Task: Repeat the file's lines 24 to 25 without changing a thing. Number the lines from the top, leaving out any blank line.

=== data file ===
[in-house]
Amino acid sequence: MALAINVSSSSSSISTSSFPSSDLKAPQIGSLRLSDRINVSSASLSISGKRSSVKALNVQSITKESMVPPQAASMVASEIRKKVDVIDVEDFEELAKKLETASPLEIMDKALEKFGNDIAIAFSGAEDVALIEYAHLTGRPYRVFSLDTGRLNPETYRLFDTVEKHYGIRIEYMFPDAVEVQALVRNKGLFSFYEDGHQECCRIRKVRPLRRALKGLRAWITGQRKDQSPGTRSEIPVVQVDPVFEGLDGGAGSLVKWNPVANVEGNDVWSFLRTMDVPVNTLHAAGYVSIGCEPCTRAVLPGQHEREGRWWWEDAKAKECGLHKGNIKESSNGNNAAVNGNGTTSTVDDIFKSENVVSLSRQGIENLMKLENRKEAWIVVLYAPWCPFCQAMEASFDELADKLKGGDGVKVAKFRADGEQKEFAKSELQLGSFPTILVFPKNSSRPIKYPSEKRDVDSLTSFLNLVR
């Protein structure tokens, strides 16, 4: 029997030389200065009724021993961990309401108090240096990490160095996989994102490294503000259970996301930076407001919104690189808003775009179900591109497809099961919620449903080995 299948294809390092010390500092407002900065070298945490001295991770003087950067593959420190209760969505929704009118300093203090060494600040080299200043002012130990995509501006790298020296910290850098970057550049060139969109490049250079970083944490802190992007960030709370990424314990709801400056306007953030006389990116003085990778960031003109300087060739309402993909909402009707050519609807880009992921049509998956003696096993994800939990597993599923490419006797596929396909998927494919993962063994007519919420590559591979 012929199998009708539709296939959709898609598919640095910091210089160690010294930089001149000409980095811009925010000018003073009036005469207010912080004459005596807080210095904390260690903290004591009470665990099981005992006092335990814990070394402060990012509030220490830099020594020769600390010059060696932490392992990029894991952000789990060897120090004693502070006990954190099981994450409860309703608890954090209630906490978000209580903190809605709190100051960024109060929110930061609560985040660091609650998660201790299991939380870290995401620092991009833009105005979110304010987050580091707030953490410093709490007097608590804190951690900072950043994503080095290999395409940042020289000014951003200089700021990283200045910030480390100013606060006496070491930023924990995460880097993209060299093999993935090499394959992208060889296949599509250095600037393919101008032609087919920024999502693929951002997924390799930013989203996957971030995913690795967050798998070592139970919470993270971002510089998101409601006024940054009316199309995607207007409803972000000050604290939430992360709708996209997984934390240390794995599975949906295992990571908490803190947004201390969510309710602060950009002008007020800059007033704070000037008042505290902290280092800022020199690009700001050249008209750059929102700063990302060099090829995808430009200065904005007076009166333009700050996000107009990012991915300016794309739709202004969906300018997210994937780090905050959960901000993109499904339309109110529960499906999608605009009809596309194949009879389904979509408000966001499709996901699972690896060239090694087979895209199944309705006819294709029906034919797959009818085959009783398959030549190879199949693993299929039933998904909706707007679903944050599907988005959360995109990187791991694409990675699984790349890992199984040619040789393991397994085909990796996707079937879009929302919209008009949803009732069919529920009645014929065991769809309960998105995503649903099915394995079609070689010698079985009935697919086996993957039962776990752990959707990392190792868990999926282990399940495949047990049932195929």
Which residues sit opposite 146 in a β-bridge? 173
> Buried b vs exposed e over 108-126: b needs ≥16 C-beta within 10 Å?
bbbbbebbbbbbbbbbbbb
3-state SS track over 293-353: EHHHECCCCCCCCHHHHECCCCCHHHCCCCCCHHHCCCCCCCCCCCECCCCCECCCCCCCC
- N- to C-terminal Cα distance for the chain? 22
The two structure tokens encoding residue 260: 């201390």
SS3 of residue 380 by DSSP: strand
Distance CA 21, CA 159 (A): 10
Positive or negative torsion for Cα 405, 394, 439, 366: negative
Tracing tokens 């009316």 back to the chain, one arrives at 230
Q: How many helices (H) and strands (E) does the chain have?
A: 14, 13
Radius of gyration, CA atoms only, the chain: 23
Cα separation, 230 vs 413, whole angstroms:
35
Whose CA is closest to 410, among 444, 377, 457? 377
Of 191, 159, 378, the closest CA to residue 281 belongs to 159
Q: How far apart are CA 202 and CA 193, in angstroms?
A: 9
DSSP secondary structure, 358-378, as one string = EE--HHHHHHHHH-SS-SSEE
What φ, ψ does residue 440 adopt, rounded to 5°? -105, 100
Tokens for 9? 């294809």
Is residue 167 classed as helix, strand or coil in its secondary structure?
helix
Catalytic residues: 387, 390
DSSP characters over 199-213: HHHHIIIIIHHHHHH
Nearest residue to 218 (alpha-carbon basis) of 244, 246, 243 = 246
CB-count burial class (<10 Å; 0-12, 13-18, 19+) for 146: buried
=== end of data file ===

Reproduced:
What φ, ψ does residue 440 adopt, rounded to 5°? -105, 100
Tokens for 9? 């294809």